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Re: How Picky Are You?

Posted: Sun Dec 16, 2007 1:07 pm
by Don Burt
Brock wrote:If you are constantly trying new processes and methods, maybe 10% is normal.
Once you have established a method, your success rate should be much higher.

Even with established methods, or even if your final execution process is technically simple, you can spend a lot of time designing and rejecting design sketches and tests of colors and paints before you actually make a complete piece. I don't reject many final pieces. I reject lots of designs. The techniques I use have limits to the amount of rework I can do (adding and removing paint, subsequent firings etc) before I 'lose it', so perfectionism has its constraints.

I also recognize a trait in the business workplace and in crafts called the 'lazy perfectionist': folks that don't accomplish much because they never have the energy to get all their requirements in order, but they won't relax the requirements. They usually blame it on something other than their own behavior.

Re: How Picky Are You?

Posted: Sun Dec 16, 2007 2:20 pm
by Cynthia O
I find something lacking in every piece I do. Gone too far, not far enough....something is missing, that line is too bold, the light logic is all wrong, blah blah blah....

But I don't toss them either. I figure it's progress I'm after. I'll never get to perfection. Never. So I might as well accept the warts as long as I'm working to make them better.

Re: How Picky Are You?

Posted: Thu Jun 21, 2012 2:51 am
by KaCe
This thread is really old, but I find it very provocative. I seem to stymie myself with this whole topic of how good my pieces are before I offer them for sale. For that matter, when something isn't good in your mind do you break it and throw it away? Sell as a second? I argue with myself. I need to earn money to pay for the glass I'm using to make my work that I end up with, so selling the seconds might help... or does that degrade the work as a whole, because now you'd have what by your own admission is "seconds" out there with work you want to be known for? I can see the pluses of both and the negatives. I lean toward the destroy the inferior and perhaps repurpose it. But when money is as tight as mine is now I think that I should use the platter that is $40 in glass.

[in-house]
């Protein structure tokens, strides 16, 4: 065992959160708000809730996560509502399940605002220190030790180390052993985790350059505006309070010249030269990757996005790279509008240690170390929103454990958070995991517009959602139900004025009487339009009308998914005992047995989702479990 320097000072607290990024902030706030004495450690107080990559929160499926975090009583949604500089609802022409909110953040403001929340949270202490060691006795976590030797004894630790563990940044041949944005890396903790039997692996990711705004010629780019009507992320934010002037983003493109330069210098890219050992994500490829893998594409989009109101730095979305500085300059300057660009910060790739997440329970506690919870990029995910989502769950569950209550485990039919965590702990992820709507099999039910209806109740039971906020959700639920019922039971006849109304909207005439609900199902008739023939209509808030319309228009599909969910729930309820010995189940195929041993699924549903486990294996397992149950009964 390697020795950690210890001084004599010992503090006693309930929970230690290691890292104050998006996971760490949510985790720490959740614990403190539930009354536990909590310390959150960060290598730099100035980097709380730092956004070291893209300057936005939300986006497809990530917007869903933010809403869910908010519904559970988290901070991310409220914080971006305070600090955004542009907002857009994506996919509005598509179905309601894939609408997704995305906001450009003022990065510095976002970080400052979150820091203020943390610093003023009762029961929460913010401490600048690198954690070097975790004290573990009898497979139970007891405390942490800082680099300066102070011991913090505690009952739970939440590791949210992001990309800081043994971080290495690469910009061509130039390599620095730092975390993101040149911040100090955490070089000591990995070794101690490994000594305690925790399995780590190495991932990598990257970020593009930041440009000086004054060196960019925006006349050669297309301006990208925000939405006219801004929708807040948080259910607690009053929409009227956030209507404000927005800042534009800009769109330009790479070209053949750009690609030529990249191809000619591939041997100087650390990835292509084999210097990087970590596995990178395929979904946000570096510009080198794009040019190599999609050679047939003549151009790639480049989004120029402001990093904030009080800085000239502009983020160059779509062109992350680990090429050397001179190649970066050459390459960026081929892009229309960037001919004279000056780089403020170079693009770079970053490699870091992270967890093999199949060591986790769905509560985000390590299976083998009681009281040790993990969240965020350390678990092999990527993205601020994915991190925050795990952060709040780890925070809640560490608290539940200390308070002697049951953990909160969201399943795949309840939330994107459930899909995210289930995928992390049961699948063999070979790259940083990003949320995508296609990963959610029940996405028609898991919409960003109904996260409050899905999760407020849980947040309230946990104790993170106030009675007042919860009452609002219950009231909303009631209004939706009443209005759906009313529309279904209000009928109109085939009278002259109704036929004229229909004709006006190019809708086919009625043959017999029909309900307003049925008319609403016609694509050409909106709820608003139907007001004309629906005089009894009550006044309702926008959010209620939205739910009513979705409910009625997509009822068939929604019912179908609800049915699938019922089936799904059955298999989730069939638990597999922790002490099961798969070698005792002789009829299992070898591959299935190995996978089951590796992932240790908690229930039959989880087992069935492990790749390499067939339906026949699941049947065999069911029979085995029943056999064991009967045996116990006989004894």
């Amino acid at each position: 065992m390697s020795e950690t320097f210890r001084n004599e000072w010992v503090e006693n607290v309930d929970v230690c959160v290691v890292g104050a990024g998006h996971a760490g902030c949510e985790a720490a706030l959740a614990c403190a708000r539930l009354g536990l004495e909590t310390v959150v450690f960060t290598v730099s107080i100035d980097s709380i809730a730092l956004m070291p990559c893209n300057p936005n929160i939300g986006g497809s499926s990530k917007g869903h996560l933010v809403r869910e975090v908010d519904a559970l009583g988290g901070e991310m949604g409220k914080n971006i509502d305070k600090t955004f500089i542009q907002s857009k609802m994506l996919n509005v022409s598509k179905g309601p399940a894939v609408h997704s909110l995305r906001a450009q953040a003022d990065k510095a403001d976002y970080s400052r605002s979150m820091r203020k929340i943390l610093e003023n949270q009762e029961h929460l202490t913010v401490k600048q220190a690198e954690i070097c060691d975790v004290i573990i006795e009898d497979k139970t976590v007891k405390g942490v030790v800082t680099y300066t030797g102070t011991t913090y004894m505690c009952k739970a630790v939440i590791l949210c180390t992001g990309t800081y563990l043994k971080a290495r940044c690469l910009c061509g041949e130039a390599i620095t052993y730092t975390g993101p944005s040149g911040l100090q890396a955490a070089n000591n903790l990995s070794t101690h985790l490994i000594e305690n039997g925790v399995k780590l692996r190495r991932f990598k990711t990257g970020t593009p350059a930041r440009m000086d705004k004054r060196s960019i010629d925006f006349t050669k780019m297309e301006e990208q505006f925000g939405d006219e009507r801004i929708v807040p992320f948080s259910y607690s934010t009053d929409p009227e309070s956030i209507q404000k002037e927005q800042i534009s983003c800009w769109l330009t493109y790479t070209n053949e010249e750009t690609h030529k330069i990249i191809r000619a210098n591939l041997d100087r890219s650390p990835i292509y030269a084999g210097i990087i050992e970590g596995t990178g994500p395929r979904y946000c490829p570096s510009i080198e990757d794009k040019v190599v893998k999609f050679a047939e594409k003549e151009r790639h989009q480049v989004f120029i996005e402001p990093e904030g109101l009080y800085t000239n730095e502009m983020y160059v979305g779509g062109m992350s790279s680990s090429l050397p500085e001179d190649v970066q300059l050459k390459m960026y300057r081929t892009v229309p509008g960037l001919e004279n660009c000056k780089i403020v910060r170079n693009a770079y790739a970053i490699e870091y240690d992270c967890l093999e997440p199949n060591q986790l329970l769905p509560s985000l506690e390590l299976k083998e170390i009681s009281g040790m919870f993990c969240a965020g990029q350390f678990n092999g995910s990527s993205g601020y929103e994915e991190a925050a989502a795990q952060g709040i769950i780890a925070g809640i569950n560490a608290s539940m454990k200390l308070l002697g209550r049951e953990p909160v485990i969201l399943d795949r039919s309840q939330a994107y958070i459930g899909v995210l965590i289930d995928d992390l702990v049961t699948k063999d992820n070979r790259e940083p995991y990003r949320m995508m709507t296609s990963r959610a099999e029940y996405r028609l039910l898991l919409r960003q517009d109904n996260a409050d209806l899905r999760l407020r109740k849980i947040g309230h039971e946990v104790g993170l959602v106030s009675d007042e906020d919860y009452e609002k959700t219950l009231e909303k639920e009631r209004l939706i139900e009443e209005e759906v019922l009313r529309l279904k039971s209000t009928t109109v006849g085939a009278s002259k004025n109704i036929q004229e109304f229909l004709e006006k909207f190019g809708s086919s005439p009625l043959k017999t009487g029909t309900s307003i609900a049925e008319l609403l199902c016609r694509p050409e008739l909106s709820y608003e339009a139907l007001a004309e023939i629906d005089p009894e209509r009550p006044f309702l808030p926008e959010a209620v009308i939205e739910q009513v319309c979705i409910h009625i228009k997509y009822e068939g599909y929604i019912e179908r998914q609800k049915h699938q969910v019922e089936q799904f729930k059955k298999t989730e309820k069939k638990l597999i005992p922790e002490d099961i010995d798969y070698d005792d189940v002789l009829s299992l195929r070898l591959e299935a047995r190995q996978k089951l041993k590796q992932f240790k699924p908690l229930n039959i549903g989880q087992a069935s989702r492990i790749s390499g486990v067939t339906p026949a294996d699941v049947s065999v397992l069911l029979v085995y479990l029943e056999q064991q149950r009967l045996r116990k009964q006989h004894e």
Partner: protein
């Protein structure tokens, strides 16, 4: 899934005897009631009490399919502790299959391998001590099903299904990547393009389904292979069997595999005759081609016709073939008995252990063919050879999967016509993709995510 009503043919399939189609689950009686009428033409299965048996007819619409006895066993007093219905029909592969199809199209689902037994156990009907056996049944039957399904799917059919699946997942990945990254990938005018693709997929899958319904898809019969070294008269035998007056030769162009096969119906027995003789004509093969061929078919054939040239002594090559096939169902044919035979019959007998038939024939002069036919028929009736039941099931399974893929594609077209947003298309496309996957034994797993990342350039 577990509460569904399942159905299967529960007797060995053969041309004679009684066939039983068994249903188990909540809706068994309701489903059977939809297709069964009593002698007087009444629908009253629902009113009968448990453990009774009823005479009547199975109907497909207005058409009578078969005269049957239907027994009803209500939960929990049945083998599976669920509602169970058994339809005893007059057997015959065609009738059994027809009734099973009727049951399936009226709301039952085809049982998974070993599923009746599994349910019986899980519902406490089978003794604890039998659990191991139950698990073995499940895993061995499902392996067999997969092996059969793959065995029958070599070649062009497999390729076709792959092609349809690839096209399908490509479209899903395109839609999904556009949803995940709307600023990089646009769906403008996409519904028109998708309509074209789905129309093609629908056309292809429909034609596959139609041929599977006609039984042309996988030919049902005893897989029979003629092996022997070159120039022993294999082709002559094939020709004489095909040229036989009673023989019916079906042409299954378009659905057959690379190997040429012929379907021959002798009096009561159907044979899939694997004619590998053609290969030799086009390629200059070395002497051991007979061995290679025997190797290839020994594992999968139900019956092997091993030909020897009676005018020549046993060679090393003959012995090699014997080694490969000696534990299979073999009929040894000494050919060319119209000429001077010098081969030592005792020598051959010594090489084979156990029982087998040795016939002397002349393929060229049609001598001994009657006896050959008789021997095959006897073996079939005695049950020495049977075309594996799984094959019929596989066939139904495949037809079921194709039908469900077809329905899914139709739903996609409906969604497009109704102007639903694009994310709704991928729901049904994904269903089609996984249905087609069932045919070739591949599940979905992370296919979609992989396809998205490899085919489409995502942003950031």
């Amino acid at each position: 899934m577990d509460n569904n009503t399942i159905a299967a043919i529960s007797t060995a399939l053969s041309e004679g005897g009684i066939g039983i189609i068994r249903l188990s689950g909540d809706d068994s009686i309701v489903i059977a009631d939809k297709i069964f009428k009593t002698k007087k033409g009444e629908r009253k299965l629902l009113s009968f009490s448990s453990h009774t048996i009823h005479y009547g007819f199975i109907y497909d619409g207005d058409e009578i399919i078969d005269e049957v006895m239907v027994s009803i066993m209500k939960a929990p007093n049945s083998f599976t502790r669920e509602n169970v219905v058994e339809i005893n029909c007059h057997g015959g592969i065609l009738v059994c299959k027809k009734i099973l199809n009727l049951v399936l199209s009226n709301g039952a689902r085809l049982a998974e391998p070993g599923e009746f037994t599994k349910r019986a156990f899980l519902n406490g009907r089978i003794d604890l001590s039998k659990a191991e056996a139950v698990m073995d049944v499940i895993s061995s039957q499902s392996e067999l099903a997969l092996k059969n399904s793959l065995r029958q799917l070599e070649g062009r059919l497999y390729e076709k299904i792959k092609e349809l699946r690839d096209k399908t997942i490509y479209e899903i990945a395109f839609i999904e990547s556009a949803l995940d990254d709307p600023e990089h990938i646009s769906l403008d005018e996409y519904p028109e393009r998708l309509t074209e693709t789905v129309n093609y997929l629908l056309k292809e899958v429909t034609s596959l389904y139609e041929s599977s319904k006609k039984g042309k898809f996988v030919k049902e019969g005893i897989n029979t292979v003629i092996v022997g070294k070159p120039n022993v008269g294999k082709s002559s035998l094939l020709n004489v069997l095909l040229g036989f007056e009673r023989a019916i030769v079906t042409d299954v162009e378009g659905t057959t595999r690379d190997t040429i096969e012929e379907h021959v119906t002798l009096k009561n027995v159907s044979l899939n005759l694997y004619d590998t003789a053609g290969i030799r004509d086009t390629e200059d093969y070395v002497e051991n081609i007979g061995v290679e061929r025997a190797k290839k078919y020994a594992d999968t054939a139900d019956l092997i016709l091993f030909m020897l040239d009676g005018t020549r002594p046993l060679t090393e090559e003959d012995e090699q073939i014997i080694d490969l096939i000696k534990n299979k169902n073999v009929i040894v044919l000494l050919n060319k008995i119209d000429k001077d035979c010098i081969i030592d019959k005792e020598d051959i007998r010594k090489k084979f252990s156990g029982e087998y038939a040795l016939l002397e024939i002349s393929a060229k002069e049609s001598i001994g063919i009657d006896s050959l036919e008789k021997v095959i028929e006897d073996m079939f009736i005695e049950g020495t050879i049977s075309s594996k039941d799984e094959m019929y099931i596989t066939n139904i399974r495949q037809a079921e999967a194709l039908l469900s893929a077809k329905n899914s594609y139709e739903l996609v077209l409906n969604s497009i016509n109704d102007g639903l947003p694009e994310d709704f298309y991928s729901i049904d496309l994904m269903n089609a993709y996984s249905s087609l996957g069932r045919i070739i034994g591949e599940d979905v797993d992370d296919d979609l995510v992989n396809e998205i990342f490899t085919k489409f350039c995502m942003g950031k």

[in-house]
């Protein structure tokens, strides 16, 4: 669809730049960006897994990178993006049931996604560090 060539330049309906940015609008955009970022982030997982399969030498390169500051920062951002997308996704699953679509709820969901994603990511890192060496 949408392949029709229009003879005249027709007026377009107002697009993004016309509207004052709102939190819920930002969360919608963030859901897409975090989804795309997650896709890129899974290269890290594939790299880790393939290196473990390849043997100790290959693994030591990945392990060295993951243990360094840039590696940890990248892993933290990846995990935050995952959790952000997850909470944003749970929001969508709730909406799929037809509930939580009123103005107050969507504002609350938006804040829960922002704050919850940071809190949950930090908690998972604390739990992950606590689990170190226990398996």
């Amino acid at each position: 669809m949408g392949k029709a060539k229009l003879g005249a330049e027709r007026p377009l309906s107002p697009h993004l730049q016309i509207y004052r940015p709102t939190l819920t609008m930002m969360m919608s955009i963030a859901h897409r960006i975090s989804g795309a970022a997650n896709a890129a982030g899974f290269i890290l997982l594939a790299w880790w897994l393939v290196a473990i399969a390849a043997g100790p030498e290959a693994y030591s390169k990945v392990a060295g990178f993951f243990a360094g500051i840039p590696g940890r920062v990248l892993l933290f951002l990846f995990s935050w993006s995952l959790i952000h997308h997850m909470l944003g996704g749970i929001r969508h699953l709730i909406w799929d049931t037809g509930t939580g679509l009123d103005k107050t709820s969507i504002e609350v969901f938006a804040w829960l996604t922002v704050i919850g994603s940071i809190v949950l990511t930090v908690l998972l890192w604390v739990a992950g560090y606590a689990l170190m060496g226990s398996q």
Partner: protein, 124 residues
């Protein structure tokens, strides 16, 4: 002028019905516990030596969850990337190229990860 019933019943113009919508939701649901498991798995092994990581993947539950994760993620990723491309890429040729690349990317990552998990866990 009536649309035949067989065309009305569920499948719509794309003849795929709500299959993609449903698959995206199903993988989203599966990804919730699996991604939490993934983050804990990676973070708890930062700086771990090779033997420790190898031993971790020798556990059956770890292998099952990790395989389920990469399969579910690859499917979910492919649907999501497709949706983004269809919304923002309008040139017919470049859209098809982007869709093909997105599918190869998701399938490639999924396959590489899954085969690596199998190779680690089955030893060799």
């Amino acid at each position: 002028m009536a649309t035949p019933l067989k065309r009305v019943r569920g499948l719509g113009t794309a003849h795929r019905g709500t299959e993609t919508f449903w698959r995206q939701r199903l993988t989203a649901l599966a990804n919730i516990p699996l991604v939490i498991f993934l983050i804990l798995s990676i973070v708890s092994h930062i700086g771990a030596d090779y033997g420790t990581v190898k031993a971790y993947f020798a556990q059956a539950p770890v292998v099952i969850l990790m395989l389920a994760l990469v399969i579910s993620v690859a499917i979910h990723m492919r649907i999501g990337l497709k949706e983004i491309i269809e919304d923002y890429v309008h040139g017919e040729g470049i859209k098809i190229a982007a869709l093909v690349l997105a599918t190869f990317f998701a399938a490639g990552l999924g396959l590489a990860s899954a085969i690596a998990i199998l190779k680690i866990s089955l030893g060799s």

What do people do? Do you do a pot melt? Flatten it and slice it up into strips? Turn it into frit? I would love to hear how successful artists deal with the loss vs recovery of expenses. Must your work meet a certain standard in your mind? Or on paper... in other words do you have criteria that your work must meet to be considered "right for sale"? Perhaps that is more of a production question... but you get the idea, I think.

Just curious... KaCe, not George. :-)

Re: How Picky Are You?

Posted: Thu Jun 21, 2012 11:37 am
by Valerie Adams
I don't know that I'd label myself "a successful artist" but I'm having fun and selling enough work to keep me motivated to keep trying.

I've been fusing for a little over 10 years and in that time I've built up quite a bit of inventory. Last year my storage area reached the tipping point and I knew it was time to purge. I'd find myself at a show, sorting through my crates and only choosing the most current or favorite pieces to display. Deciding that it was costing me time and energy as well as valuable storage space, I decided to have a "once in a blue moon sale."